In contrast, prices for wheat, maize, and soybeans fell in the first half of 2020, then recovered during the second half of the year. This rebound, as well as a rebound in prices for nonfood commodities, was largely driven by the recovery of demand from China and, in the case of wheat, lower production levels following droughts in several major production areas (the United States, Canada, European Union, Turkey, and Iran). The surge in maize and soybean prices came to an end in the second half of 2021, however, following expected record production levels for maize in the U.S. and Brazil and greater soybean yields in the U.S.

 

The recovery of global demand has been a key driver of the surge in international agricultural commodity prices, more so than COVID-related supply chain disruptions.

 

Markets have tightened as a result of stronger-than-usual demand for animal feed and agricultural products for industrial use, with demand from China exercising major influence. Growth prospects for China’s economy turned less rosy by the end of 2021, however, and should be expected to weaken pressure on agrifood prices in global markets. Supply disruptions, which have been more closely related to weather conditions than to the pandemic, have had less influence on price surges. Although trade restrictions played a key role in exacerbating the global inflation of food prices during 2007-08 and 2010-11, they proved short-lived during the current crisis. The recent food price rise, however, could tempt governments to impose new trade restrictions, as is already happening in the cases of Russia (wheat), Argentina (beef), Indonesia (palm oil) and China (fertilizers). Other factors that influenced the upward trend in international food prices in 2021 include the rise of fertilizer prices, the depreciation of the US dollar (until mid-2021), and rising international freight costs.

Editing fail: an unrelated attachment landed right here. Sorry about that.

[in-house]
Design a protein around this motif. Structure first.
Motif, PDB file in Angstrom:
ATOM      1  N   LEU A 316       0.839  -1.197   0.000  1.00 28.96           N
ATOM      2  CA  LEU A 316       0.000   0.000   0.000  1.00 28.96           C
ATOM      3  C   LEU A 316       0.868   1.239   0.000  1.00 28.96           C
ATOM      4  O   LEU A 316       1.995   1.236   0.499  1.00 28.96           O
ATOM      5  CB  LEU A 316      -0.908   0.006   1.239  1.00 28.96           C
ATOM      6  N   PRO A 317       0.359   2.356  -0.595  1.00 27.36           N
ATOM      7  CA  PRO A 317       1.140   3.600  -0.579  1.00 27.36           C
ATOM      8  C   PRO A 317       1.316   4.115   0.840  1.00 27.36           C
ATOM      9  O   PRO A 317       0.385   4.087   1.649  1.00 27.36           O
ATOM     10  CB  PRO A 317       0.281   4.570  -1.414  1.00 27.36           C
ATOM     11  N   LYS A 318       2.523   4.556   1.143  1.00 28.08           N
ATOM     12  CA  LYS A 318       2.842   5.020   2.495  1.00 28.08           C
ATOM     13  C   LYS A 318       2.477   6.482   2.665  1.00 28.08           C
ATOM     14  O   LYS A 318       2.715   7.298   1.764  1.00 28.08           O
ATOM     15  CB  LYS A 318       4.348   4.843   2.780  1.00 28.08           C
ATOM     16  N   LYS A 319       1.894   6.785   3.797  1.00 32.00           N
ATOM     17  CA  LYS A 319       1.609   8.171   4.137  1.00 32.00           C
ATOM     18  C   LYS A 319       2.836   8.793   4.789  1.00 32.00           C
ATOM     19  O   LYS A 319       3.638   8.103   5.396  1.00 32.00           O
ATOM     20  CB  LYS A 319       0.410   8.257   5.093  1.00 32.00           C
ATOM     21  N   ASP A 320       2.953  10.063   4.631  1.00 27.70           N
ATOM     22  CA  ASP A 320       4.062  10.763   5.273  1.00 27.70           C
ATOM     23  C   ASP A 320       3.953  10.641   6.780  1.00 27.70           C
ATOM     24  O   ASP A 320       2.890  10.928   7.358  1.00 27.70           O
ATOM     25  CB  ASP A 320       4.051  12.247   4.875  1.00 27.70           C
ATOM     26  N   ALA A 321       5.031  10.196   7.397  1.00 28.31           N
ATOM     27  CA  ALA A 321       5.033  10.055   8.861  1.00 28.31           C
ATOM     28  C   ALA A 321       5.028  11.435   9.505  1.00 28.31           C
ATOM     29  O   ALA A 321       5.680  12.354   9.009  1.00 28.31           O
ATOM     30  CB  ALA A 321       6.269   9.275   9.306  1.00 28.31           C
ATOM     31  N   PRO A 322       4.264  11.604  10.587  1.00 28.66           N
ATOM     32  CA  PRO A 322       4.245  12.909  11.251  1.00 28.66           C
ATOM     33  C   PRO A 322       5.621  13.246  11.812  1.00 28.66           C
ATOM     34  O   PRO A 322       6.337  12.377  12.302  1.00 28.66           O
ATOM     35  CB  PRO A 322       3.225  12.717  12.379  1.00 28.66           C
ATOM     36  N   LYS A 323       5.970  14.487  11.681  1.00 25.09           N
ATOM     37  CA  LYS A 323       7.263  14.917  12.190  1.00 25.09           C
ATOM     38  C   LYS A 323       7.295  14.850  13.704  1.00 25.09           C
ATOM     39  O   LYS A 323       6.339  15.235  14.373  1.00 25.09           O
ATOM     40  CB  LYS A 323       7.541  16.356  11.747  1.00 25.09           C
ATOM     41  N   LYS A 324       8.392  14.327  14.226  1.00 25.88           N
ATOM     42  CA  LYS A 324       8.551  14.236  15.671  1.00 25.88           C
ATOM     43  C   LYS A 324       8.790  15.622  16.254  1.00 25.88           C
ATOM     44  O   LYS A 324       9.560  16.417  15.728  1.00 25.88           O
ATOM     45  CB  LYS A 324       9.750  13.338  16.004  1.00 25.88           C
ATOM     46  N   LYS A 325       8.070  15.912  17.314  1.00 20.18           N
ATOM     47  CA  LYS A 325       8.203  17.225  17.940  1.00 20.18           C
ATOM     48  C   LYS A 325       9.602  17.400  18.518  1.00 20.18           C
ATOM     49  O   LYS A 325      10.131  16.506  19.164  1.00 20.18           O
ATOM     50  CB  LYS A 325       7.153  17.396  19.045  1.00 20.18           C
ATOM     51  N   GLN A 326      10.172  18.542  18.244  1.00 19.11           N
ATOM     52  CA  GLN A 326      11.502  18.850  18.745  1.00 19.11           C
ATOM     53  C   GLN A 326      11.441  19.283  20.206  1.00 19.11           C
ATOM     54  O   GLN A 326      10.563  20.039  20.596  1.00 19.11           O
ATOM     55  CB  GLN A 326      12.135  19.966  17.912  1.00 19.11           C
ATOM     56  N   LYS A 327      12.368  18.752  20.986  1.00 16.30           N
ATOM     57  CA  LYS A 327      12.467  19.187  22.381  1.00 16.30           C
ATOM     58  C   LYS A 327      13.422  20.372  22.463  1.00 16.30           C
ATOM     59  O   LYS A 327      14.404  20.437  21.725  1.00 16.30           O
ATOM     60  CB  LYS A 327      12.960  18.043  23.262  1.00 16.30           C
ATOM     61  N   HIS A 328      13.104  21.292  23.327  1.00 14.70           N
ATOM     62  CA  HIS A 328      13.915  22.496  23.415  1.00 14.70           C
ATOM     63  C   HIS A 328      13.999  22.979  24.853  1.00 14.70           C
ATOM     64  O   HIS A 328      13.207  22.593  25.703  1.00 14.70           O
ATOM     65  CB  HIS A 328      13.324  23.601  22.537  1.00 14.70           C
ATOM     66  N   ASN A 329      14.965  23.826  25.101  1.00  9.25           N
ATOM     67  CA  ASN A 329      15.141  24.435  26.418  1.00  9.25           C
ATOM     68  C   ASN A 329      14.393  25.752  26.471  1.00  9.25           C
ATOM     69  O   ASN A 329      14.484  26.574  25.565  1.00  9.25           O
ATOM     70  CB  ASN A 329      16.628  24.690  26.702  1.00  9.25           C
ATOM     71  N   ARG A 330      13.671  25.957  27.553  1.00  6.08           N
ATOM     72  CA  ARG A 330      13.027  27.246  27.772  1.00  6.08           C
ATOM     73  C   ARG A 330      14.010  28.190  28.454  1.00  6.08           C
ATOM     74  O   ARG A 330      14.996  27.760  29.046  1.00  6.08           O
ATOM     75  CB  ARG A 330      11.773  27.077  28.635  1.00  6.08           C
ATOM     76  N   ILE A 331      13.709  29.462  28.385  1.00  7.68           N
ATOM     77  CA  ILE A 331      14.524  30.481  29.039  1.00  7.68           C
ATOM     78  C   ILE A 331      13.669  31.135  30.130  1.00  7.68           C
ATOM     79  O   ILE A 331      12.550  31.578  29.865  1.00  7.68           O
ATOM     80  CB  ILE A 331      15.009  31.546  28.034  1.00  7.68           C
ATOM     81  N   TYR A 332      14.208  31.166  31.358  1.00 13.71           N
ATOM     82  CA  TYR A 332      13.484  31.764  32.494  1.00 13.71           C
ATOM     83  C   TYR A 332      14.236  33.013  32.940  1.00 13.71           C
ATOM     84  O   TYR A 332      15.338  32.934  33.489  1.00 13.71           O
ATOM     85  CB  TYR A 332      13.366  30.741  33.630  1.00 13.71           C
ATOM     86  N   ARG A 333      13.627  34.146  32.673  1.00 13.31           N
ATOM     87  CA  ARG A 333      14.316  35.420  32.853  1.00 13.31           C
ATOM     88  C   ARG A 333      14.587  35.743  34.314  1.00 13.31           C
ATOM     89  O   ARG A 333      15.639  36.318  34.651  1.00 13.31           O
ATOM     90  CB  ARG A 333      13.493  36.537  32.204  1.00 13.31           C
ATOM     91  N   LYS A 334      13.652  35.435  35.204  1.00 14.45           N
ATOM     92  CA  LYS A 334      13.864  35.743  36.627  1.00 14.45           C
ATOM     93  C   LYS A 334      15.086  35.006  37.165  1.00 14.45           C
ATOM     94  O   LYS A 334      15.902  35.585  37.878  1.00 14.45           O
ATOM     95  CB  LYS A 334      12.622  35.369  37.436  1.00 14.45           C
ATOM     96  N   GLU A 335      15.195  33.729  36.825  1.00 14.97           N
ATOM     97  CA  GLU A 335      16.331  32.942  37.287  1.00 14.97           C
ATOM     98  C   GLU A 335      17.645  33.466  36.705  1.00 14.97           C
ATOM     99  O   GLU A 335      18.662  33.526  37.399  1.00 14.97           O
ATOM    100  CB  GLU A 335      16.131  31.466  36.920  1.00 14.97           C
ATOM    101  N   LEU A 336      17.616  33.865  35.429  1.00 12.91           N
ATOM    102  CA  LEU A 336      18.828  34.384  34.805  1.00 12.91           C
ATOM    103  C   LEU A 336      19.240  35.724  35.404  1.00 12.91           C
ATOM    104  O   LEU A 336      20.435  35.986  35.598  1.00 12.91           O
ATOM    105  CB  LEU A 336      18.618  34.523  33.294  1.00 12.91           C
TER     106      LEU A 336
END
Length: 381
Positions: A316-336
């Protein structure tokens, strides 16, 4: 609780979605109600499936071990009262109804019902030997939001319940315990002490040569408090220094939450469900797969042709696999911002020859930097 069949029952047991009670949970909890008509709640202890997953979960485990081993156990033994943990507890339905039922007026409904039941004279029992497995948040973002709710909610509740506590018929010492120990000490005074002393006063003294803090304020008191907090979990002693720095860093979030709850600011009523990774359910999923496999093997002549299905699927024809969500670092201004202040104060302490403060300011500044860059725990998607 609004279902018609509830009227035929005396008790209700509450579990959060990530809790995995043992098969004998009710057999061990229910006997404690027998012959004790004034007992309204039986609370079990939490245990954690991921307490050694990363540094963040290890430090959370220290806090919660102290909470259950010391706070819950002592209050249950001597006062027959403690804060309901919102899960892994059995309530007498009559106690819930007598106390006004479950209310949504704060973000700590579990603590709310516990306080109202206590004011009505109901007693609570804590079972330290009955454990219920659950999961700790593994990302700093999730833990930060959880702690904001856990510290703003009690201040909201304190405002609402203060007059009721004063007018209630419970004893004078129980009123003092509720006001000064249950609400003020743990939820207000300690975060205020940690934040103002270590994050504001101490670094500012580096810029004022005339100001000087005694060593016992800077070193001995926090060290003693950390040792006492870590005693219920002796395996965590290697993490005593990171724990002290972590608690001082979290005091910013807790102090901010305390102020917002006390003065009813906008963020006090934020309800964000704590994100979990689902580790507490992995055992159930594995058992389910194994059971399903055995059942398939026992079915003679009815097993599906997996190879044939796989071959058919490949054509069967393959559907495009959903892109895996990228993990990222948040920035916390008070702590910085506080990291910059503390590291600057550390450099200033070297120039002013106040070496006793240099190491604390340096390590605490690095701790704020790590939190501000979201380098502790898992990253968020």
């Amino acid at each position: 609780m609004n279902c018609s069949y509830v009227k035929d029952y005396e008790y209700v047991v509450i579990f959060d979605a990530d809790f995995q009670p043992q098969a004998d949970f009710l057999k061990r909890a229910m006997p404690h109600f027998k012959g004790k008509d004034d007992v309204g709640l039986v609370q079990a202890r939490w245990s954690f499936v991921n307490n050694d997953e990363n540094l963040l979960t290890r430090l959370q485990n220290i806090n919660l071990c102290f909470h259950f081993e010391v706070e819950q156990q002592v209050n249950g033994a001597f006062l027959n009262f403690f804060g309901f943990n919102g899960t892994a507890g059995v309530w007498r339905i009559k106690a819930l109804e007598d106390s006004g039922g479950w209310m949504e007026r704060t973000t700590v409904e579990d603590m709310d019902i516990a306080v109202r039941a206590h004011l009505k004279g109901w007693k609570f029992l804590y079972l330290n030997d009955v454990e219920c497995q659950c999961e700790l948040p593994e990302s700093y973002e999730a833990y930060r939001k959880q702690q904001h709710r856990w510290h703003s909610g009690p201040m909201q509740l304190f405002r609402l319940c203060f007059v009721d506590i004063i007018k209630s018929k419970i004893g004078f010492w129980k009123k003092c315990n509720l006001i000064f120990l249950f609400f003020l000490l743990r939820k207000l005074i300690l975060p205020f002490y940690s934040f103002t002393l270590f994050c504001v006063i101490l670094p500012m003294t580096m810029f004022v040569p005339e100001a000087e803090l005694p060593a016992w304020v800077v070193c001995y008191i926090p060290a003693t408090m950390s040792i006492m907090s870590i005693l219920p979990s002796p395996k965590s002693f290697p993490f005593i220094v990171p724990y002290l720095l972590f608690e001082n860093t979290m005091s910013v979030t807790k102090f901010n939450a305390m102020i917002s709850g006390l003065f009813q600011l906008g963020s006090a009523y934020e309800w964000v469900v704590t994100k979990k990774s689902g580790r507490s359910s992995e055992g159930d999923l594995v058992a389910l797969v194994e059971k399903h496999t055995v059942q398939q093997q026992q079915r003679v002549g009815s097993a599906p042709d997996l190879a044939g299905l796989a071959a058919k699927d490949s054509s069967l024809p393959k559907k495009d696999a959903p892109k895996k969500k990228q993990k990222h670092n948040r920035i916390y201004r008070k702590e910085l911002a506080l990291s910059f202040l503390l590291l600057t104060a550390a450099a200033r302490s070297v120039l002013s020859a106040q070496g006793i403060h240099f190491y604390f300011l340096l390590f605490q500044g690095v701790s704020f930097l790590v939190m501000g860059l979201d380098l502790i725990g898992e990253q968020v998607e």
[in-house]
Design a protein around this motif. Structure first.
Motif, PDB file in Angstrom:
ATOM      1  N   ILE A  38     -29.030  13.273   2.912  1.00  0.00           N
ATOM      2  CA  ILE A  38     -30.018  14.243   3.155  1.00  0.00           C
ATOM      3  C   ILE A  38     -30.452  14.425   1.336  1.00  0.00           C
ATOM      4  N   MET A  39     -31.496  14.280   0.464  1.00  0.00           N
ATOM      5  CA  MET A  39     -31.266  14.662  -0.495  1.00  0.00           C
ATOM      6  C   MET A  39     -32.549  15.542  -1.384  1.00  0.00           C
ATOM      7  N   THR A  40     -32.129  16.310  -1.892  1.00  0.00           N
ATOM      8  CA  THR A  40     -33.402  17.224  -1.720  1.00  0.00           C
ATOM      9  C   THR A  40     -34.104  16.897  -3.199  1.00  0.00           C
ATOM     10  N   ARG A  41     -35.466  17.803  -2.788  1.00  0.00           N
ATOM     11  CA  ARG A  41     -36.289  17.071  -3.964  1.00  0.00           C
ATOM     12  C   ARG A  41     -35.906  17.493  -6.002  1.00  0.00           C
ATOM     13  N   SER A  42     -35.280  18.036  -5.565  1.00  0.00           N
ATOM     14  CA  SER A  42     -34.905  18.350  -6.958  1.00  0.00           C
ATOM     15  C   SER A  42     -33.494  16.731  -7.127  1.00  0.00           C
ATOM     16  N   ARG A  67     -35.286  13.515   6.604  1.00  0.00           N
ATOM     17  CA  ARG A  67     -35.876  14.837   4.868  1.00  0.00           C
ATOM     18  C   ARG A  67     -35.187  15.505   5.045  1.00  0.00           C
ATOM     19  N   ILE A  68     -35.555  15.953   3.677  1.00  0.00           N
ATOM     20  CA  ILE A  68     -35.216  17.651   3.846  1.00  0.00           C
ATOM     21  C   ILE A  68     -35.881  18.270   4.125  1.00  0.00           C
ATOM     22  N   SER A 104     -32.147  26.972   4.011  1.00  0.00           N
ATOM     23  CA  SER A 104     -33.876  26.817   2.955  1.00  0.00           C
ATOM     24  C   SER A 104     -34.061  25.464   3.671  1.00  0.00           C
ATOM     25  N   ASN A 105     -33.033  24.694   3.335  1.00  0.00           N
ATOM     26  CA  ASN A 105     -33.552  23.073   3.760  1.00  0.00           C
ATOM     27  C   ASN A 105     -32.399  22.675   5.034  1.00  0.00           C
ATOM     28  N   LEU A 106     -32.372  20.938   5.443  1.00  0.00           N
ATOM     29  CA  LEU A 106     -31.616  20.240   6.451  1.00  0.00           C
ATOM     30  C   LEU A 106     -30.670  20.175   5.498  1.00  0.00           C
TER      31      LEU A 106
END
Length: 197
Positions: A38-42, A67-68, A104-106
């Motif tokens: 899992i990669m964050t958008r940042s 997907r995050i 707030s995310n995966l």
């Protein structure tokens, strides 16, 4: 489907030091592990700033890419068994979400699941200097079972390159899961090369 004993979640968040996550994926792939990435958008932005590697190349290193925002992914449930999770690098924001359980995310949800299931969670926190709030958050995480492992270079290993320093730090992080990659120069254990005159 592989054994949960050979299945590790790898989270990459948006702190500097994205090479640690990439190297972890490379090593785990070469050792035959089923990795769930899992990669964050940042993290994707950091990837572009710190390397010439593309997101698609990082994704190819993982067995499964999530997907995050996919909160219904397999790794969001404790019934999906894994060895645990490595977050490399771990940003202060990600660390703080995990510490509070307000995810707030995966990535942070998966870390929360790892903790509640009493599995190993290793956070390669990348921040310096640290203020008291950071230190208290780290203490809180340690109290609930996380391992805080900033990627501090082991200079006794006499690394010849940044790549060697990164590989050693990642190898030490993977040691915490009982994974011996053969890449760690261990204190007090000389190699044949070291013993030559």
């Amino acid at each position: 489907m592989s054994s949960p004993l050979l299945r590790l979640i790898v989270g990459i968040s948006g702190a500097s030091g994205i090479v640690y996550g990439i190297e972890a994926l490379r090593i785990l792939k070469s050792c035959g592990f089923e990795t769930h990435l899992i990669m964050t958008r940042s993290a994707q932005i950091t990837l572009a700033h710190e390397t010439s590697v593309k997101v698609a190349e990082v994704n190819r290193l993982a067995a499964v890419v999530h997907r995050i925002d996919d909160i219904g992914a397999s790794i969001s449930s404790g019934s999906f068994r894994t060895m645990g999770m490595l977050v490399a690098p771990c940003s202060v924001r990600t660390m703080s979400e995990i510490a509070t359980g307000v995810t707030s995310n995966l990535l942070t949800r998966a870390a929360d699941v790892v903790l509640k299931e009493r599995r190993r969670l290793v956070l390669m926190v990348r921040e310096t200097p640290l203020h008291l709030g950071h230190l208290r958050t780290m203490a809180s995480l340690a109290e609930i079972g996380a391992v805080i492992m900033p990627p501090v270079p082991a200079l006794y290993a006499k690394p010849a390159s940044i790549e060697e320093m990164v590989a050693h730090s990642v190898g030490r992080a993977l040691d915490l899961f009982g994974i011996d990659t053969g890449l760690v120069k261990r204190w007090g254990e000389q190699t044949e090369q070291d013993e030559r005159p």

Overall, however, markets for staple foods have been resilient, with global supplies remaining adequate and logistical bottlenecks proving short-lived.

 

This is not to say all is well.

 

Rising prices in international commodity markets are threatening food security.

 

The problem is most acute for the poor in low-income countries, where rising food import costs weigh heavily on economies and on personal incomes, as food accounts for about half of consumption baskets and 20% of imports. The rise in international prices for food staples explains about 40% of overall consumer price increases in low-income countries during the first quarter of 2021, a number much higher than in middle-income countries (Figure 3).

 

Ich bin ein Alternativtext
Fig 3: Contribution of Staple Food Prices to Consumer Pirce Inflation (CPI) by Developing-Country Groups, 2020 Q1 to 2021 Q2. Source: IMF World Economic Outlook, October 2021 © IFPRI 2022